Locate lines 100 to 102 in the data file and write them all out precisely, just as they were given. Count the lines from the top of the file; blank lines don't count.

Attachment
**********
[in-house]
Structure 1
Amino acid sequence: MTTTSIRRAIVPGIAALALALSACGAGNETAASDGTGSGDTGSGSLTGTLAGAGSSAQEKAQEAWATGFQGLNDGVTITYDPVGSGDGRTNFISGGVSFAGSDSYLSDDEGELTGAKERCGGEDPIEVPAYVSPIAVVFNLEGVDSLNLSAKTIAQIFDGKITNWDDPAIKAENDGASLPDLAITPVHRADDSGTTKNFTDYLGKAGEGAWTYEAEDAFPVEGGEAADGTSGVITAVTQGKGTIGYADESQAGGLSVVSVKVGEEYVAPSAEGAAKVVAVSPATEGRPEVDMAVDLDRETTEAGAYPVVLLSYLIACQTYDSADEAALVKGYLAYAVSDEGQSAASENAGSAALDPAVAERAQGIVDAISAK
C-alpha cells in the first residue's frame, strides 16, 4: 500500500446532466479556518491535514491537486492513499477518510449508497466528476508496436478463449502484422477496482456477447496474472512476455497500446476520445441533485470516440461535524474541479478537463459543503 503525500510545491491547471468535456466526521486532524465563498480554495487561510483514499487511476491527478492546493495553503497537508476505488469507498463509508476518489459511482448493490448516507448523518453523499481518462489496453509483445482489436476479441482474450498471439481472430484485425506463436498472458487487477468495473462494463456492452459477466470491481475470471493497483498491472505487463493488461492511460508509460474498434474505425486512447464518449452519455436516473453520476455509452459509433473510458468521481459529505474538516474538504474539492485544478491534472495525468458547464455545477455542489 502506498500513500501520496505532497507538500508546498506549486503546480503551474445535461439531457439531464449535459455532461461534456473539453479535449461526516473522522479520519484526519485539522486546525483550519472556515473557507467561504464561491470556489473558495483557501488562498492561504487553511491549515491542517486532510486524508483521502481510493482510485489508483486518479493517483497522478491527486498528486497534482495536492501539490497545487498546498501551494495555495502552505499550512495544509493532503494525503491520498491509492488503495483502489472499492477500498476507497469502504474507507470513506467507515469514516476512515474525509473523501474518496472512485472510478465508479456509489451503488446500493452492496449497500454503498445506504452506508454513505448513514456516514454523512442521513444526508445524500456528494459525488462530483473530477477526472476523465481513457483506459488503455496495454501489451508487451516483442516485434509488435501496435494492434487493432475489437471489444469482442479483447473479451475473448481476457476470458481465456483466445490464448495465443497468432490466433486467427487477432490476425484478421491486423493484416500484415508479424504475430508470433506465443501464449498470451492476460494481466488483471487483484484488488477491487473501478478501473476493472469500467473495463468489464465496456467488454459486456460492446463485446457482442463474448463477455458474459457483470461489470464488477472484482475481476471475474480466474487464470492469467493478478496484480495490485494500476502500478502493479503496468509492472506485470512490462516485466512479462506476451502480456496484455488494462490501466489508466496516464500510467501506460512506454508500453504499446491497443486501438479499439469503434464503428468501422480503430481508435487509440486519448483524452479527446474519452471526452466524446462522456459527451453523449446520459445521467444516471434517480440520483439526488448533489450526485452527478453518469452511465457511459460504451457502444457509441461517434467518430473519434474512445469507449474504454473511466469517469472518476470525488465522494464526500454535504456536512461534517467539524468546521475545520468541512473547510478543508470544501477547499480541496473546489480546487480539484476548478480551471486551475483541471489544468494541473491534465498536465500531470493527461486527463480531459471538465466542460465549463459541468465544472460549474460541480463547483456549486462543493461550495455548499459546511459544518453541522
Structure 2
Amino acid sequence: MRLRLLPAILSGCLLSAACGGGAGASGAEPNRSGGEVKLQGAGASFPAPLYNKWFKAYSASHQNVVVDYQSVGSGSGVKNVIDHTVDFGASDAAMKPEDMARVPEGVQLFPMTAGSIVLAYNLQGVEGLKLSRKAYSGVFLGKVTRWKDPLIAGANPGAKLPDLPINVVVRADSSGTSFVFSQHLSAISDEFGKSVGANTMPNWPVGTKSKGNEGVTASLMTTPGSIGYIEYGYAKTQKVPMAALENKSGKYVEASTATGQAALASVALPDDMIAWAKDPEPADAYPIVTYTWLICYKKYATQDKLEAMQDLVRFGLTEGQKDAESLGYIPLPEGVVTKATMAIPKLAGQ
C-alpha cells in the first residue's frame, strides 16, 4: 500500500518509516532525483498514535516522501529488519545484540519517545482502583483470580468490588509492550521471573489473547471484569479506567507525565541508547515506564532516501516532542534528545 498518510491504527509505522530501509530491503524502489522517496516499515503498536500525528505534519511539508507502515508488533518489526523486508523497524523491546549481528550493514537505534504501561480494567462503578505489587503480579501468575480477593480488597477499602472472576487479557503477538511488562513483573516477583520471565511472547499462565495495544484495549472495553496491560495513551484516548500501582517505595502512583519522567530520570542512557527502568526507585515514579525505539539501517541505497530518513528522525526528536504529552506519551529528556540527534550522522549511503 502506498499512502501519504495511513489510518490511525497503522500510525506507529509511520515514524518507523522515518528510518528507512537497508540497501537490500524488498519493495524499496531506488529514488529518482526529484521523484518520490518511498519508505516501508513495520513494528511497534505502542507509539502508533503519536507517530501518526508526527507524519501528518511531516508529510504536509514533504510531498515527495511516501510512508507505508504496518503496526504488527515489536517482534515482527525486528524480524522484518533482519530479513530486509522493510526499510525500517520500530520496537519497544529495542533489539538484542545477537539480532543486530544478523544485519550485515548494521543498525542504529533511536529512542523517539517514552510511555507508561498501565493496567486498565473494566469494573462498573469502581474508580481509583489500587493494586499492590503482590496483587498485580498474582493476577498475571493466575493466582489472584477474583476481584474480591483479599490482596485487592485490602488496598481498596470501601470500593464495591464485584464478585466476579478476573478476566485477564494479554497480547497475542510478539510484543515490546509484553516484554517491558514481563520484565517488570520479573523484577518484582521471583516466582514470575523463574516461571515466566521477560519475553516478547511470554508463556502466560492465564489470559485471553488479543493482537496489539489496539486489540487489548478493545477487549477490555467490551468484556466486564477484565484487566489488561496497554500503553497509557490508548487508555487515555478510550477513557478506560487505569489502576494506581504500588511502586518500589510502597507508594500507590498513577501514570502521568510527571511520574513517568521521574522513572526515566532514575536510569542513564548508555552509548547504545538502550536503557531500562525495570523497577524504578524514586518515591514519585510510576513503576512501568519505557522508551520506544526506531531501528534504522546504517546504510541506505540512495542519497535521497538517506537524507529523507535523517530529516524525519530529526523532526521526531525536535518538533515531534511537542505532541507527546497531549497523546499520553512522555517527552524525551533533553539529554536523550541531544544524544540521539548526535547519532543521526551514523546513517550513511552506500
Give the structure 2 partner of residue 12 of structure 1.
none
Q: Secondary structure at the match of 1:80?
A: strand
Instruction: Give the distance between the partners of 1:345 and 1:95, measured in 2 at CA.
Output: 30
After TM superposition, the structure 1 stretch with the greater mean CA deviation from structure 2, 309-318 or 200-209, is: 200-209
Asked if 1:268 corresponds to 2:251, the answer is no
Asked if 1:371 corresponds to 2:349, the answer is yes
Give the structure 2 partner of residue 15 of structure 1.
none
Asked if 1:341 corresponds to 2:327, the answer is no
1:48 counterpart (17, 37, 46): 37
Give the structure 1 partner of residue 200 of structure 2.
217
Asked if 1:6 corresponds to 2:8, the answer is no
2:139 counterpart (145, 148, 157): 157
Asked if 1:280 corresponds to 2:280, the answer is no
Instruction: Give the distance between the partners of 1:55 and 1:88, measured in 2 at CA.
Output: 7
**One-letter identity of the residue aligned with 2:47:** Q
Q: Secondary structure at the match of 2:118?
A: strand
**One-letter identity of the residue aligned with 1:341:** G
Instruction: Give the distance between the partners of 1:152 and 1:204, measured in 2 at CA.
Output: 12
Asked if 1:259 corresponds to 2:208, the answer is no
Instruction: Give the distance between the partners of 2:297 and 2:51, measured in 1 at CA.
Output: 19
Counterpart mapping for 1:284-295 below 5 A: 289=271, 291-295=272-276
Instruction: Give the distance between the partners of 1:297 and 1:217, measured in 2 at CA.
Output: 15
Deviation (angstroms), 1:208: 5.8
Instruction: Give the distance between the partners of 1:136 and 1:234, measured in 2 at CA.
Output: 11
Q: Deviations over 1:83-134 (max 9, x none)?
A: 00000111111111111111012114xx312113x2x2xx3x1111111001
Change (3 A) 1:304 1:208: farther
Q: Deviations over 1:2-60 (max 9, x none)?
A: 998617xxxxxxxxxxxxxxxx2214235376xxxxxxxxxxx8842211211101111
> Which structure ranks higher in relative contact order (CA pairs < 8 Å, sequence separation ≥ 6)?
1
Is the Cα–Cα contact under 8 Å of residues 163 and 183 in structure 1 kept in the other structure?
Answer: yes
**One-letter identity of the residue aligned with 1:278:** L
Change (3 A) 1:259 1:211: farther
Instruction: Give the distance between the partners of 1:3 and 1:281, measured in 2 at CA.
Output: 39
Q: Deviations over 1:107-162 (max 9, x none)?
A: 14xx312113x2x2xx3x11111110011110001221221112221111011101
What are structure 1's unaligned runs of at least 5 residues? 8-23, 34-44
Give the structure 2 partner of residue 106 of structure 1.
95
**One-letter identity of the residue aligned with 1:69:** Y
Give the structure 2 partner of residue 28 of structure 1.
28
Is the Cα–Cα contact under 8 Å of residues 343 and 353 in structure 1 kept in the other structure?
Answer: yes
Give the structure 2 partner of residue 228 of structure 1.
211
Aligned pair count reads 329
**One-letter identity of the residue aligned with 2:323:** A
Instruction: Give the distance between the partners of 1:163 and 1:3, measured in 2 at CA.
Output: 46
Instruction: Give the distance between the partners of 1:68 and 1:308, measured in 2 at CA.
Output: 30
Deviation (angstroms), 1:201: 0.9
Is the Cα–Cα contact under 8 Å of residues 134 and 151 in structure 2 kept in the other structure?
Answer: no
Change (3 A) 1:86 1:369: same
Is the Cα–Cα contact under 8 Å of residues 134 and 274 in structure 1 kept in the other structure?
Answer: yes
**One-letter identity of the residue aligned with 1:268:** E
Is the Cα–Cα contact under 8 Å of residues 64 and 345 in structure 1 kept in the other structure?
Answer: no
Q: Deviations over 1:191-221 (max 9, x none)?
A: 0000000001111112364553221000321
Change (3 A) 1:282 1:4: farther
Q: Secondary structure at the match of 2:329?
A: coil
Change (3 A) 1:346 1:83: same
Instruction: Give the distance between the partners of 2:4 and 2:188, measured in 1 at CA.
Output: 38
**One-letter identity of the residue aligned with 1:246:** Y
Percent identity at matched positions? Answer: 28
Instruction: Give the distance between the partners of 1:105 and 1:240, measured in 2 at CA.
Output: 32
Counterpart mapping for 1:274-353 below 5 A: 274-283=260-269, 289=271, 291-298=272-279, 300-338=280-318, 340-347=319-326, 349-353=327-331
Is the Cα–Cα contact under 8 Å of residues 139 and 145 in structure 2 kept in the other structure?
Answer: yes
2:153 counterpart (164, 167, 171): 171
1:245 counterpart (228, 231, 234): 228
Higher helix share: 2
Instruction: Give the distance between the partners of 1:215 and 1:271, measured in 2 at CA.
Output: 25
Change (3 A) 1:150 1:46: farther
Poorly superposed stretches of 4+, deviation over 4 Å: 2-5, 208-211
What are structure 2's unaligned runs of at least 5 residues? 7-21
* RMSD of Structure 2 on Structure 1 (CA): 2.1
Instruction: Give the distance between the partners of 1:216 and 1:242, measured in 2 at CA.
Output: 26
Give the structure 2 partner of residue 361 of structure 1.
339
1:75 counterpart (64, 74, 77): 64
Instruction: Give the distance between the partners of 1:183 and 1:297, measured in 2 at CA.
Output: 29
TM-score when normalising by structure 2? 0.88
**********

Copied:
Higher helix share: 2
Instruction: Give the distance between the partners of 1:215 and 1:271, measured in 2 at CA.
Output: 25